The good news is, we are no longer facing a time of crisis. The bad news is, we’re right in the middle of it. 12 noon has chimed in with hollow sounds.
Besides being dangerously overpopulated with not many signs of birth control being truly implemented, our planet is well on its way to being depleted in food and water. It is also well on its way to being poisoned by ruthless and greedy conglomerates such as Monsanto, supported by various governments and some deranged scientists. Radiation covers the entire globe yet plans for several new nuclear power stations are already being drawn up. The dramatically changed weather patterns of the last few years have brought a heavy increase in more powerful storms and rain; floods and landslides are headline news almost every day.
There’s also a global war raging which is being watered down in the media to ‘armed conflicts’ and ‘military interventions’, and presently being fought in numerous countries from the Middle East to Africa, Asia and beyond. Millions of people have been displaced, are hungry, seeking refuge in other countries and often die on the escape route to dubious freedom. We are looking at global suffering.
So where does this leave me as an individual living amid all this? I cannot think of the future as it is totally unpredictable and I blessedly live mainly in the here-now; whenever I do get a thought or two about what could happen any moment, I do not permit my mind to linger in that bubble and return it to base. Yet there is this niggling sense of urgency that is present within and without, day in and day out.
Osho instilled the word ‘urgency’ into our collective unconscious and conscious by initiating a new meditation that took place at the end of each discourse shortly after the series YAA-HOO! The Mystic Rose, preparing us for the then upcoming series of Zen. During every evening meditation after a few minutes of ‘gibberish’, Osho urged us to move to “the inner center of being which is just two inches below the navel, inside you...” – powerfully supported by Nivedano’s epic drumming.
There were ongoing subtle changes in Osho’s directions and a few months later he suddenly included every day the words ‘urgency’ and then ‘last moment of your life’. From then on the evening meditations even intensified as Osho expressed more and more urgency until his last discourse – and thus ending the series, The Zen Manifesto.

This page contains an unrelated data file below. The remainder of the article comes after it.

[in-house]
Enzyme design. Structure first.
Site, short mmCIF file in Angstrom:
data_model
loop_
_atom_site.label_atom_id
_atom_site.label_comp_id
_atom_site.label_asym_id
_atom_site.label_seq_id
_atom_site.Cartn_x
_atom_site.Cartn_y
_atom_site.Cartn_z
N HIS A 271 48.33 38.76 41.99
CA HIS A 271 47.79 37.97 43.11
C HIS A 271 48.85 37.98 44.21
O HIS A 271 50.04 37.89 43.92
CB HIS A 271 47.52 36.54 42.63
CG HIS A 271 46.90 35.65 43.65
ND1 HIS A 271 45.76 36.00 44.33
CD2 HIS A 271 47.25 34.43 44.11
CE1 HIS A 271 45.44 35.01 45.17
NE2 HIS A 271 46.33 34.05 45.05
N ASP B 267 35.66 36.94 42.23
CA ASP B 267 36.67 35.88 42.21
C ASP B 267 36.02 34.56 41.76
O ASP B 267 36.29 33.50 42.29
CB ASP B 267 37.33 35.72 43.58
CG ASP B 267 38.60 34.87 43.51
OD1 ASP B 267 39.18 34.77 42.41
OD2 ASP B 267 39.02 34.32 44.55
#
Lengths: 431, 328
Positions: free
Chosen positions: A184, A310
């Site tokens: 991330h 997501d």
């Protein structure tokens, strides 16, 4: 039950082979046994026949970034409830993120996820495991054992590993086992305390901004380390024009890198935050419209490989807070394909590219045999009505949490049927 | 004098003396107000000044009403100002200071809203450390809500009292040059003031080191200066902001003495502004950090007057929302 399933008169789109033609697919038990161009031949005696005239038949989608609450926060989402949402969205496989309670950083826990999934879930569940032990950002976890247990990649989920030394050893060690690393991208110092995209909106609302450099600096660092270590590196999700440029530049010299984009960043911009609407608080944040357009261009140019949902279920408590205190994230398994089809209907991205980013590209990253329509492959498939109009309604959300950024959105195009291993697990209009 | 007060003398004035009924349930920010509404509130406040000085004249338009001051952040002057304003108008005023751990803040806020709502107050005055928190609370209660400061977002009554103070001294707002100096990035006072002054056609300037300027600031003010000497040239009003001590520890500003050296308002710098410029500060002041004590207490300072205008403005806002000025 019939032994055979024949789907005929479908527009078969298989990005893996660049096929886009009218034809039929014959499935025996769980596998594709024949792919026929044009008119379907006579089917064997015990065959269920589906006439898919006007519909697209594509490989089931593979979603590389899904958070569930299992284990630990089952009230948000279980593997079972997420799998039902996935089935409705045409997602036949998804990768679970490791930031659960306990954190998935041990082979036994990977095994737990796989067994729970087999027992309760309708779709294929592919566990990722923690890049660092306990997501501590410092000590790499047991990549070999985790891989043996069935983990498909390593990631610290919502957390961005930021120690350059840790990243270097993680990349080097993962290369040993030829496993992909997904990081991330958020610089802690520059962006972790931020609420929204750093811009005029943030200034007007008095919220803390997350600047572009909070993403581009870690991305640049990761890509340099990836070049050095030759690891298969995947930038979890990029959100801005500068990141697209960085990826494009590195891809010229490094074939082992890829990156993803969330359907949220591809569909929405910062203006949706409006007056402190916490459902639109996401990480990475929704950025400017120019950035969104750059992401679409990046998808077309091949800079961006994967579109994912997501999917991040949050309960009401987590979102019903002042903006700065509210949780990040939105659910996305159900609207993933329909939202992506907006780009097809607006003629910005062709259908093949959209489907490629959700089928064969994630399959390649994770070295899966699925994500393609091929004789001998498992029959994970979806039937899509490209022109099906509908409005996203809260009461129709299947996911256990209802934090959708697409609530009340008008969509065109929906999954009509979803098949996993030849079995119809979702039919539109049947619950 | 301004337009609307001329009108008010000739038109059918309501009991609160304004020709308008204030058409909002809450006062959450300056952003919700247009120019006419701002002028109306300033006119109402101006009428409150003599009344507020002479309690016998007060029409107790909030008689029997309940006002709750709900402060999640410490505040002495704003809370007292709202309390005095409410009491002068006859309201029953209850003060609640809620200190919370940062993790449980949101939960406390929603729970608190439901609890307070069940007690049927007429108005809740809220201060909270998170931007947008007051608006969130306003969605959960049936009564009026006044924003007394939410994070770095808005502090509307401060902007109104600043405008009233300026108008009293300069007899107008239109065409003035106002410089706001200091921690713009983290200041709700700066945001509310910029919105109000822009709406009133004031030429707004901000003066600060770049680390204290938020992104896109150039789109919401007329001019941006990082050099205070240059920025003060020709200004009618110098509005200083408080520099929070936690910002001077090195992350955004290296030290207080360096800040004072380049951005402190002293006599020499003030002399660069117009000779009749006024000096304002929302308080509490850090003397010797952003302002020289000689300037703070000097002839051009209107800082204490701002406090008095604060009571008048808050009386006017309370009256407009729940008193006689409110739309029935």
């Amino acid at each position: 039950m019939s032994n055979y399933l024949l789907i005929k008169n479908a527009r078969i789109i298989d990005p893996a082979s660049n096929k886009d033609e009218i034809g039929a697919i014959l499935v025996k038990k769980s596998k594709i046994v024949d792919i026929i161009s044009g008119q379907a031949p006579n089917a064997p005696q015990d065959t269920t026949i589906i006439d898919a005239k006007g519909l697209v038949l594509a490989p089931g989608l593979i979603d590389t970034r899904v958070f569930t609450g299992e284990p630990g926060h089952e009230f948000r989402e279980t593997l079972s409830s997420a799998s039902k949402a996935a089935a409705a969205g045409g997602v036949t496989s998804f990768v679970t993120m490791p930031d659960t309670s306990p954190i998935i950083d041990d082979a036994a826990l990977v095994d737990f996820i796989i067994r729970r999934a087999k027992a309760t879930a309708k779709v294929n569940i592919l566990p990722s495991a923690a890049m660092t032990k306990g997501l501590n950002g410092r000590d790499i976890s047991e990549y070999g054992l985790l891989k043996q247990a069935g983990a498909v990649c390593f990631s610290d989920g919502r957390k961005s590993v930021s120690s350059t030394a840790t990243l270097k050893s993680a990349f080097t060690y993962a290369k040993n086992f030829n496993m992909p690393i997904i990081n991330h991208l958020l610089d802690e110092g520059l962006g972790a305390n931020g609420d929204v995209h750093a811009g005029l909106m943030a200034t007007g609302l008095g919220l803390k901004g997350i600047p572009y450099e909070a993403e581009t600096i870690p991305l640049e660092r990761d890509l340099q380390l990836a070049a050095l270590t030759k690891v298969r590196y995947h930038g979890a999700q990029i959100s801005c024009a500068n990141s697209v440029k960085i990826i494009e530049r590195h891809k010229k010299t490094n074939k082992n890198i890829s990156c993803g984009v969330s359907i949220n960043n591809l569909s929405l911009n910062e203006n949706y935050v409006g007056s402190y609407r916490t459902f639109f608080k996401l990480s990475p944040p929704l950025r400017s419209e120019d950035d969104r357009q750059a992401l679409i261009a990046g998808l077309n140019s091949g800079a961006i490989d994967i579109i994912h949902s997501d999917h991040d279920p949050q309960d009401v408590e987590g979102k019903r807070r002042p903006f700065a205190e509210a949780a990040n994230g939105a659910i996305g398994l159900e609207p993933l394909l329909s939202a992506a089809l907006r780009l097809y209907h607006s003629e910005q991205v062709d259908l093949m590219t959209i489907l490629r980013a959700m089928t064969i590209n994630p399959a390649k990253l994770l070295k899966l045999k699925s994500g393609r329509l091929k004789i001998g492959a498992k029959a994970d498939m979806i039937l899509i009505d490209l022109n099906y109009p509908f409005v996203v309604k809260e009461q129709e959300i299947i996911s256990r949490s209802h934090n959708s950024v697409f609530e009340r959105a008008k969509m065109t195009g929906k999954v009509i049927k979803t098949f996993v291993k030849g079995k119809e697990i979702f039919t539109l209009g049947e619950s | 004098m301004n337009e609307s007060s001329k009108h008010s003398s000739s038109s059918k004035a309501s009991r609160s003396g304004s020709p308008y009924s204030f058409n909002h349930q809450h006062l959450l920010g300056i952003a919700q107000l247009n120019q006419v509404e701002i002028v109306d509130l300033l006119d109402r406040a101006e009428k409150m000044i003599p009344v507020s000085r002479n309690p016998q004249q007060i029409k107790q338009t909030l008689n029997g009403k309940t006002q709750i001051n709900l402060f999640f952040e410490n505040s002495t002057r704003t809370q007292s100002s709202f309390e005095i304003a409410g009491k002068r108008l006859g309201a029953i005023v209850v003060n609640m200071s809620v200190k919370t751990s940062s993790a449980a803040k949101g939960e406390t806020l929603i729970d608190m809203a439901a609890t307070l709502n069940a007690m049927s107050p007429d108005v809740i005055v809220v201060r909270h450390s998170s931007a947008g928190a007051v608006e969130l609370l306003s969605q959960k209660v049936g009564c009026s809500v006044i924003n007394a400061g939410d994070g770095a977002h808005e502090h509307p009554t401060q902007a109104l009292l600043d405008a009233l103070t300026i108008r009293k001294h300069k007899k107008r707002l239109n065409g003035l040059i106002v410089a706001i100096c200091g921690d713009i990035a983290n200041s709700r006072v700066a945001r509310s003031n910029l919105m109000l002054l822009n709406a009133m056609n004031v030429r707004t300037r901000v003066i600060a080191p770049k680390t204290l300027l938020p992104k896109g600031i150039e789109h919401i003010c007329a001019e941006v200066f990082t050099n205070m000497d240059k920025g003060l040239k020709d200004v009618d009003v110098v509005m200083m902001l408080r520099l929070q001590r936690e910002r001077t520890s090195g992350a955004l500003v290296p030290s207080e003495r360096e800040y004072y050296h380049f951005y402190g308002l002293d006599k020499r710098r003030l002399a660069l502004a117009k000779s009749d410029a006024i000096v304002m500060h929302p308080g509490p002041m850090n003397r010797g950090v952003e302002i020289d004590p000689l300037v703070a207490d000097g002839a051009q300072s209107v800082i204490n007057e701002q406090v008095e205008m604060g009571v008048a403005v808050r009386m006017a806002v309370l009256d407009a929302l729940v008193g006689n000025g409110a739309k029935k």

It is to those meditations I turn to. In our so uncertain times they offer tremendous help to go within. And to always remember… sammasati…
It is time, Nivedano...
Be silent... Close your eyes... and feel yourself completely frozen.
This is the right moment to enter inwards.
Gather all your energy, your total consciousness,
and rush towards the inner center with deep intensity and urgency.
The center is just two inches below the navel, inside the body.
Faster... and faster... Deeper... and deeper...
As you come closer to the center of being,
a great silence descends over you, and inside a peace, a blissfulness,
a light that fills your whole interior. This is your original being.
This is your buddha.
At this moment, witness that you are not the body, not the mind, not the heart,
but just the pure witnessing self, the pure consciousness.
This is your buddhahood, your hidden nature, your meeting with the universe.
These are your roots.
Relax... and just be a silent witness.
You start melting like ice in the ocean.
Gautama the Buddha Auditorium becomes an oceanic field of consciousness.
You are no longer separate – this is your oneness with existence.
To be one with existence is to be a buddha, it is your very nature.
It is not a question of searching and finding,
you are it, right now.
Gather all the flowers, the fragrance, the flame and the fire,
and bring it with you as you come back.
Come back peacefully, silently, as a buddha.
Just for a few seconds close your eyes and remember the path and the source you have found,
and the buddha nature that you have experienced.
This moment you are the most blessed people on the earth.
Remembering yourself as a buddha is the most precious experience,
because it is your eternity, it is your immortality.
It is not you, it is your very existence.
You are one with the stars and the trees and the sky and the ocean.
You are no longer separate.
The last word of Buddha was, sammasati.
Remember that you are a buddha – sammasati.
Osho, The Zen Manifesto Ch 11, Q 4
Listen to the audio here
The problem today is that
nine out of ten times,
you want the mirror to respond, “You.” Yes, you.
This is because you are so full of yourself, your ego and your qualities that you cannot imagine anyone else could be better.
The mirror merely reflects exactly what you are: beautiful or ugly, healthy or sick, happy or sad. If you are beautiful, it does not plead with you to remain in front of it and if you are ugly, it does not force you to leave.
The mirror is empty.
This emptiness makes us uncomfortable. An empty mind is the devil's workshop. Not at all, says Osho. In fact, an empty mind is God's temple, he declares. In this emptiness, the divine can descend.
So the question arises: how can I empty my mind? Meditation, thoughtless awareness. Meditation makes you a hollow bamboo an apt description of your body and mind which is open to divinity.
Osho says, “When the poet creates he is only a medium, a hollow bamboo on the lips of God. And suddenly the hollow bamboo is no longer a hollow bamboo -- it becomes a flute.”
Lord Krishna's flute. Let the divine play its song on your flute.
A hollow bamboo is not enough. Put your mind, ego aside
and let God take over. Then you have no need
to ask the mirror anything.